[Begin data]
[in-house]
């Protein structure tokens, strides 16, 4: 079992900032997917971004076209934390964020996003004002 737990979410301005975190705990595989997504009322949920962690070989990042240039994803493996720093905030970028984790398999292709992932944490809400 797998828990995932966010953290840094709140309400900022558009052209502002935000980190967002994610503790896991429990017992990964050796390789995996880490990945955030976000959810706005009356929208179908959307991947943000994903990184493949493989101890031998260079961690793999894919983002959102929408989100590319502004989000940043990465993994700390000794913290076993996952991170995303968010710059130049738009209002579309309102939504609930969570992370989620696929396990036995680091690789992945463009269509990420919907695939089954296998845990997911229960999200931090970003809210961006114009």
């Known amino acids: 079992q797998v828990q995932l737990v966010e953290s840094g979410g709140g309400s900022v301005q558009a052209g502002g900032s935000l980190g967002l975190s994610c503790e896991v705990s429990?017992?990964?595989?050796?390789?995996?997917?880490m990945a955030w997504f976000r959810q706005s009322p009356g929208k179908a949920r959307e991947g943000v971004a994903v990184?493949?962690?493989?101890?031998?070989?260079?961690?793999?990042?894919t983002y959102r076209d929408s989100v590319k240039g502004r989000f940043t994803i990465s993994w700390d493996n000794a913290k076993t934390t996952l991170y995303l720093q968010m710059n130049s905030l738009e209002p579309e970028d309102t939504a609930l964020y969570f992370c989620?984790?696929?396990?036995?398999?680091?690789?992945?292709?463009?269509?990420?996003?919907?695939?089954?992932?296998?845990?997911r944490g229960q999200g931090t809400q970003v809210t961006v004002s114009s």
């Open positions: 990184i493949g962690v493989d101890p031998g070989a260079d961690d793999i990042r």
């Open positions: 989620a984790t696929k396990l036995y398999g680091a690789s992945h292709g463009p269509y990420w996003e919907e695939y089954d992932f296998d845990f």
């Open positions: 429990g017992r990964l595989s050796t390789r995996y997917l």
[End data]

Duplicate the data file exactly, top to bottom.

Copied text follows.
[in-house]
């Protein structure tokens, strides 16, 4: 079992900032997917971004076209934390964020996003004002 737990979410301005975190705990595989997504009322949920962690070989990042240039994803493996720093905030970028984790398999292709992932944490809400 797998828990995932966010953290840094709140309400900022558009052209502002935000980190967002994610503790896991429990017992990964050796390789995996880490990945955030976000959810706005009356929208179908959307991947943000994903990184493949493989101890031998260079961690793999894919983002959102929408989100590319502004989000940043990465993994700390000794913290076993996952991170995303968010710059130049738009209002579309309102939504609930969570992370989620696929396990036995680091690789992945463009269509990420919907695939089954296998845990997911229960999200931090970003809210961006114009």
């Known amino acids: 079992q797998v828990q995932l737990v966010e953290s840094g979410g709140g309400s900022v301005q558009a052209g502002g900032s935000l980190g967002l975190s994610c503790e896991v705990s429990?017992?990964?595989?050796?390789?995996?997917?880490m990945a955030w997504f976000r959810q706005s009322p009356g929208k179908a949920r959307e991947g943000v971004a994903v990184?493949?962690?493989?101890?031998?070989?260079?961690?793999?990042?894919t983002y959102r076209d929408s989100v590319k240039g502004r989000f940043t994803i990465s993994w700390d493996n000794a913290k076993t934390t996952l991170y995303l720093q968010m710059n130049s905030l738009e209002p579309e970028d309102t939504a609930l964020y969570f992370c989620?984790?696929?396990?036995?398999?680091?690789?992945?292709?463009?269509?990420?996003?919907?695939?089954?992932?296998?845990?997911r944490g229960q999200g931090t809400q970003v809210t961006v004002s114009s």
């Open positions: 990184i493949g962690v493989d101890p031998g070989a260079d961690d793999i990042r």
């Open positions: 989620a984790t696929k396990l036995y398999g680091a690789s992945h292709g463009p269509y990420w996003e919907e695939y089954d992932f296998d845990f």
């Open positions: 429990g017992r990964l595989s050796t390789r995996y997917l």